Borland is focusing on e-business development with Web service in its new Delphi upgrade.
Michael Swindell, product manager for Borland in Scotts Valley, Calif., said this product will help developers build and deliver Web services.
“There are three areas we focused on,” he said. “The first is e-business development with Web services. This is centred around three new technologies called BizSnap, WebSnap and DataSnap. The second area of focus is integration with our enterprise product line, specifically our Borland application server. Our third area of focus is cross-platform development and compatibility with Kylix, the Linux RAD (Rapid Application Development) tool that we introduced recently.”
BizSnap is a Web services RAD tool that simplifies business-to-business integration by creating XML/SOAP Web services and connections.
WebSnap is a component-based Web application development framework that supports leading Web application servers.
DataSnap allows customers to build high performance Web service-enabled middleware that enables any client application or service to easily connect with any major database, according to Borland.
Swindell said BizSnap is probably the area of most significance. “It contains all of our Web services development, integrates SOAP and XML into Delphi; builds Web services; and uses Web services. It allows the exchange and transformation of XML documents so that we can build B2B applications that can accept XML purchase orders and invoices and exchange documents with any trading partner.”
He also mentioned the new transform capabilities, which allow organizations to adapt to any new suppliers that they want to add to the integration.
“It is both a set of tools for creating transforms and for implementing them,” he said.
By including the WebSnap feature, Borland hopes to take Delphi developers and integrate them with the Web team, Swindell said.
“In the past, Delphi has been a powerful tool for building Web server side applications, but it’s been focused on empowering one person or a small group. WebSnap will integrate that power in a Web team, so the developer can be used on a much broader scale,” he said.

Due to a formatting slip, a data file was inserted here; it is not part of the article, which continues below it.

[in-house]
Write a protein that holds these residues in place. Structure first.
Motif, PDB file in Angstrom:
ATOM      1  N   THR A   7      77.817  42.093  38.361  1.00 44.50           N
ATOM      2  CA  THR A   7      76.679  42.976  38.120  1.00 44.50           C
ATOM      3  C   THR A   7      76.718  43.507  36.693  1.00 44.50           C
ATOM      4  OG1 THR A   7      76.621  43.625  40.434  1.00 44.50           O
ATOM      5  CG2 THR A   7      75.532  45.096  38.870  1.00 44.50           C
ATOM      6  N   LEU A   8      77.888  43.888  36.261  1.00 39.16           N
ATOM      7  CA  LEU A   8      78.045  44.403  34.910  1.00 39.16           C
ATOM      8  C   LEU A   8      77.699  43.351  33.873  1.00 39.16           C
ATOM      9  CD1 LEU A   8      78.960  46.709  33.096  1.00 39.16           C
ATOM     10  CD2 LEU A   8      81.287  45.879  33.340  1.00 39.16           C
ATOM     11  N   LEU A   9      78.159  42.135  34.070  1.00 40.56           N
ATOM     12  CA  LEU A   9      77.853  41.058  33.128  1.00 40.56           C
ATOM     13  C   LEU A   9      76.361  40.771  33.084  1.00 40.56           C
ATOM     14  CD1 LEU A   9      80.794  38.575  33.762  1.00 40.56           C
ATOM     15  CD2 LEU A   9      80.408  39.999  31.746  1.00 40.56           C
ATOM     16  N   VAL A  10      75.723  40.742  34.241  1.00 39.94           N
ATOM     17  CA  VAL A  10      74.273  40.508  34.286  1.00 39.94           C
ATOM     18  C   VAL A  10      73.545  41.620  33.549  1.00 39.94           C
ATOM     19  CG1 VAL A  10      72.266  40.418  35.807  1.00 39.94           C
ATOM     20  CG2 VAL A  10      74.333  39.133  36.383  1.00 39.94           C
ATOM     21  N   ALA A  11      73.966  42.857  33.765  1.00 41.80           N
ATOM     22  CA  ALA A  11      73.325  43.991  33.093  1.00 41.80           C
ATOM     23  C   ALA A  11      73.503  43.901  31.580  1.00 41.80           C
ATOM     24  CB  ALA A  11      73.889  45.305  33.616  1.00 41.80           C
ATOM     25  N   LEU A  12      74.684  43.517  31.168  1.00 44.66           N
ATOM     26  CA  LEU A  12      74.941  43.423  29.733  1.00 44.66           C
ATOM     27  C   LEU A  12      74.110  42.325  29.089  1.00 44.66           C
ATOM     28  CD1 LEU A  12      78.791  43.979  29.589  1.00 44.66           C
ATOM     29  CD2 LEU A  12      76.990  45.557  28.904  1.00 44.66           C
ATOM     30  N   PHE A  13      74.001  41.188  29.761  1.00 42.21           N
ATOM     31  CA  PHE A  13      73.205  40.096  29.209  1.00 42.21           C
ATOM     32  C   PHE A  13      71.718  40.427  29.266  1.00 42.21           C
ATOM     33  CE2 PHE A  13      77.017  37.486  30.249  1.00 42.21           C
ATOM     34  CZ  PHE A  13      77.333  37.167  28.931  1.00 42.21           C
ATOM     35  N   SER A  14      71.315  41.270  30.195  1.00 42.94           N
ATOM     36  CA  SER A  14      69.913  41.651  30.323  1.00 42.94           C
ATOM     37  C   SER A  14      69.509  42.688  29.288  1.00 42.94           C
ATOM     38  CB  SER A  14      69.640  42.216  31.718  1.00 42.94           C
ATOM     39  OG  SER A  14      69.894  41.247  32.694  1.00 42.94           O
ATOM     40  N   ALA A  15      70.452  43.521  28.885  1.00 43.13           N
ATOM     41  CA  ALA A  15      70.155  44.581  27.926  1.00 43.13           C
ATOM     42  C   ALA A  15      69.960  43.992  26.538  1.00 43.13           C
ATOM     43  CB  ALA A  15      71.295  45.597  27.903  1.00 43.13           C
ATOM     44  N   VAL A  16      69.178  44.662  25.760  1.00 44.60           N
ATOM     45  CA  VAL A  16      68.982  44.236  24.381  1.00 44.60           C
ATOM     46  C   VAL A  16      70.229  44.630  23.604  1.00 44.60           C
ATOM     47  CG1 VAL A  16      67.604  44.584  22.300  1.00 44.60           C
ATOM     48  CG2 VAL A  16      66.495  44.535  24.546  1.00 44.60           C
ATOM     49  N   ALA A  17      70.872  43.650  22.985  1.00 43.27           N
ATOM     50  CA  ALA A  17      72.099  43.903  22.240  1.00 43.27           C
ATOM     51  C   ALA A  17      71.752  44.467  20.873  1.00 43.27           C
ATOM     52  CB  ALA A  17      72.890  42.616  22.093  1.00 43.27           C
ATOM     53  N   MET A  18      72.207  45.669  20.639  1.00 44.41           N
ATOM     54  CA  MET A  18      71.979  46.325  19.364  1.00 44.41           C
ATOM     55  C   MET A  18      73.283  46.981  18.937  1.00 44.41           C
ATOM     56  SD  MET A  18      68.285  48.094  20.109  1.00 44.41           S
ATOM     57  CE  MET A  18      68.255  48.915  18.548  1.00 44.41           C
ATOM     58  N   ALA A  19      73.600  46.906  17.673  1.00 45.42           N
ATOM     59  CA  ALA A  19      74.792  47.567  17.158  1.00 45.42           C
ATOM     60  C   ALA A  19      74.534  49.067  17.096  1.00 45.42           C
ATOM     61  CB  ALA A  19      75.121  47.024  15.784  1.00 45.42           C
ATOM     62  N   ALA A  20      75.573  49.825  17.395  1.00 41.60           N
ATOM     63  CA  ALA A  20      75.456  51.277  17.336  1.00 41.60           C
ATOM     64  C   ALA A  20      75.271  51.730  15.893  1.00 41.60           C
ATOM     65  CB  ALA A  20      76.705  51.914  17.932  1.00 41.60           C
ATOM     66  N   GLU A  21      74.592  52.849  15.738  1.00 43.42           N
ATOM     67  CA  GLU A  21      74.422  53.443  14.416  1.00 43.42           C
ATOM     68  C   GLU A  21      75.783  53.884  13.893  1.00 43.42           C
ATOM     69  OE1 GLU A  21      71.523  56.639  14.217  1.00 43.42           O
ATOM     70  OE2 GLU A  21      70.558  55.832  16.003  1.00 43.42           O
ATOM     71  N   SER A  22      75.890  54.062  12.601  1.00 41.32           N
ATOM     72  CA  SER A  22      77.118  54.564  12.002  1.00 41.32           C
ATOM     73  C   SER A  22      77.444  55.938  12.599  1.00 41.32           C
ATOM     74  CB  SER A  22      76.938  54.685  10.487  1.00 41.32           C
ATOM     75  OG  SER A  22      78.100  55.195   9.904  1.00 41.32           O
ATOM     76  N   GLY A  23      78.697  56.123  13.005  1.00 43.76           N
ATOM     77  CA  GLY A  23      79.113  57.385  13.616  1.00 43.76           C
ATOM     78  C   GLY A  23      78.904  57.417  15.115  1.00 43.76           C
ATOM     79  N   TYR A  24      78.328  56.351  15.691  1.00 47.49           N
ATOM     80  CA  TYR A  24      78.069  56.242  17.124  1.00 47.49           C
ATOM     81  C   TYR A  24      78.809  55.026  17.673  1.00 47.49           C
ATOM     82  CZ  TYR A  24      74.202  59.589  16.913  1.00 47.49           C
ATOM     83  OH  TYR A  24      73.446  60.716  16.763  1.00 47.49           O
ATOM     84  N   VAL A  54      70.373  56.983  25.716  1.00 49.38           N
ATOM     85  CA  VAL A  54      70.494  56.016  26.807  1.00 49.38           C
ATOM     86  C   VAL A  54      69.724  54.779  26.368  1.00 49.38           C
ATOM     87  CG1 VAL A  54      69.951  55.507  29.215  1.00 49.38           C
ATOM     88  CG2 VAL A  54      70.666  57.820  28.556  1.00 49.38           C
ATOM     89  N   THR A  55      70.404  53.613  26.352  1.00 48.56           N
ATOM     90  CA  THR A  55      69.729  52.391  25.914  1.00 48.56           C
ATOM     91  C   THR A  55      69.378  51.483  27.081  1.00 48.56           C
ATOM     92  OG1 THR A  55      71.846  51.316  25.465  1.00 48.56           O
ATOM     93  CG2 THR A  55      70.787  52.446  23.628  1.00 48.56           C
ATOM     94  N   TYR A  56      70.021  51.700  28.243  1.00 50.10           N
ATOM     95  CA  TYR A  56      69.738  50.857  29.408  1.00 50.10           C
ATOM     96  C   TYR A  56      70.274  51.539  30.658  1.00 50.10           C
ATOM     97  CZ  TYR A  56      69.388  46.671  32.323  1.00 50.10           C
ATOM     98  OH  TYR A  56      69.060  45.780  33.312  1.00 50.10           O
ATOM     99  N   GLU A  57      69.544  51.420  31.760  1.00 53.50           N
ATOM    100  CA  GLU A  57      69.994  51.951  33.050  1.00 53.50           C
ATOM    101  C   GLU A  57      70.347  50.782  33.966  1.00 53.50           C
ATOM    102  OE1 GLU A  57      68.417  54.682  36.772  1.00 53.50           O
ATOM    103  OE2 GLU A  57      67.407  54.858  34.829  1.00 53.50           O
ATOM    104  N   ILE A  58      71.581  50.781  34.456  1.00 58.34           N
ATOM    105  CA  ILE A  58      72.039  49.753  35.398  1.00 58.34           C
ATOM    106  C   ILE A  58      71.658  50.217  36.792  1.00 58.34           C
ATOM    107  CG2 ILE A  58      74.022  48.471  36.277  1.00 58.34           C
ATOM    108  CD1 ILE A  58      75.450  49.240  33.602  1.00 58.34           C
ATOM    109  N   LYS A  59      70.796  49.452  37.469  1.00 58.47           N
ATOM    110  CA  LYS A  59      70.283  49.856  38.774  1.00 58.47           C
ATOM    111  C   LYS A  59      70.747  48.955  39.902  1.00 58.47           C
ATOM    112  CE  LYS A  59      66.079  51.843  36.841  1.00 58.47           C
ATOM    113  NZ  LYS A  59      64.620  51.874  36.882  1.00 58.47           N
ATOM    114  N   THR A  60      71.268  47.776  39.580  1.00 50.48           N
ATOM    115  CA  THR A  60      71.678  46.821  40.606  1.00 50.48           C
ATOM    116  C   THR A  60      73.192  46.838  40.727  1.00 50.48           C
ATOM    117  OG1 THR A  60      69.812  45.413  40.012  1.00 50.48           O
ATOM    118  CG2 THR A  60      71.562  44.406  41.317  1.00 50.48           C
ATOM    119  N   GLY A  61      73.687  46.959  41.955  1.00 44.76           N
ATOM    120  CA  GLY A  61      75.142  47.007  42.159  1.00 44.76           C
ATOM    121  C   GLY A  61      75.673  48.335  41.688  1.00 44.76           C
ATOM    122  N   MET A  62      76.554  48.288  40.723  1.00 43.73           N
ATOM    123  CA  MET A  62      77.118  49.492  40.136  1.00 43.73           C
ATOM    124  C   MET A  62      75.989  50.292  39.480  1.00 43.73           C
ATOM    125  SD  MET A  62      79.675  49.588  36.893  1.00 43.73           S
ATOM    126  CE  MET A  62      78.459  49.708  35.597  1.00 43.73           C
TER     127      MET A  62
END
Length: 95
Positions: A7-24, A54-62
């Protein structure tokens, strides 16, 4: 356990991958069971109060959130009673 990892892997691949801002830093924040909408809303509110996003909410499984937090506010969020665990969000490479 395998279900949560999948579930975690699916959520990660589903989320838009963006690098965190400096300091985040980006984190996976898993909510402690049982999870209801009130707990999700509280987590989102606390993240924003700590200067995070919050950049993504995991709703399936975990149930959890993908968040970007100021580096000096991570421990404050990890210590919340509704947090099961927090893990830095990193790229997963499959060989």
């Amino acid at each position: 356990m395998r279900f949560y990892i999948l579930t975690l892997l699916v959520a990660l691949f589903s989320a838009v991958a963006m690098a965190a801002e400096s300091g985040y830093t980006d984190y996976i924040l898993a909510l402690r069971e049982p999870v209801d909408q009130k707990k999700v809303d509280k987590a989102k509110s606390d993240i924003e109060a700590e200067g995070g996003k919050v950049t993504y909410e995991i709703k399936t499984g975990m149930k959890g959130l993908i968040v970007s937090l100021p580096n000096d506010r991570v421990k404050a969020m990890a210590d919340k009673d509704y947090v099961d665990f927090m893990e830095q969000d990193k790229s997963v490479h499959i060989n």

Brad MacDonald, product manager for Vancouver-based Thoughtshare Communications, said it was really important that Delphi now has the XML integration, the communication between server and client.
“One of our biggest wishes was for the ability for the data set components to be able to deal natively with XML. They answered that wish,” MacDonald said.
He also likes the new versions of Delphi’s class explorer.
“With the heavy use of classes in object development – and Delphi is very object oriented – I like the new class explorer and the tree views of the object hierarchy. It makes looking at our code so much easier,” he said. “This may not seem like much, but it could end up meaning a lot.”
MacDonald said he has had client requests for applications to be moved to the Web, and he said the Web service building really taps into a current need.
Rikki Kirzner couldn’t agree more.
“They have looked into their crystal balls and seen the movement in the industry and ensured that the product has the capabilities to enable developers to move in the direction they were starting to move,” said Kirzner, research director with IDC in Mountain View, Calif.
She said Borland really has a finger on the pulse of what developers need.
“This is something they have done consistently over the years,” she said.
The new upgrades and features are “extraordinarily important, ” Kirzner said.
“Delphi is a very popular development tool. Companies will have the tool at hand that they are using to do rapid application development. Now they can extend their capabilities to offer these new services with a minimum of effort,” Kirzner said.
She said the integrated suite of capabilities is key, adding it is bringing more capabilities to RAD.
John Fisher, president of Borland Canada, said that Borland always has to try to look down the road to what will be needed.
“I think this release is answering a lot of our users’ needs,” he said. “They were looking for XML and they want to integrate it into a distributed architecture.”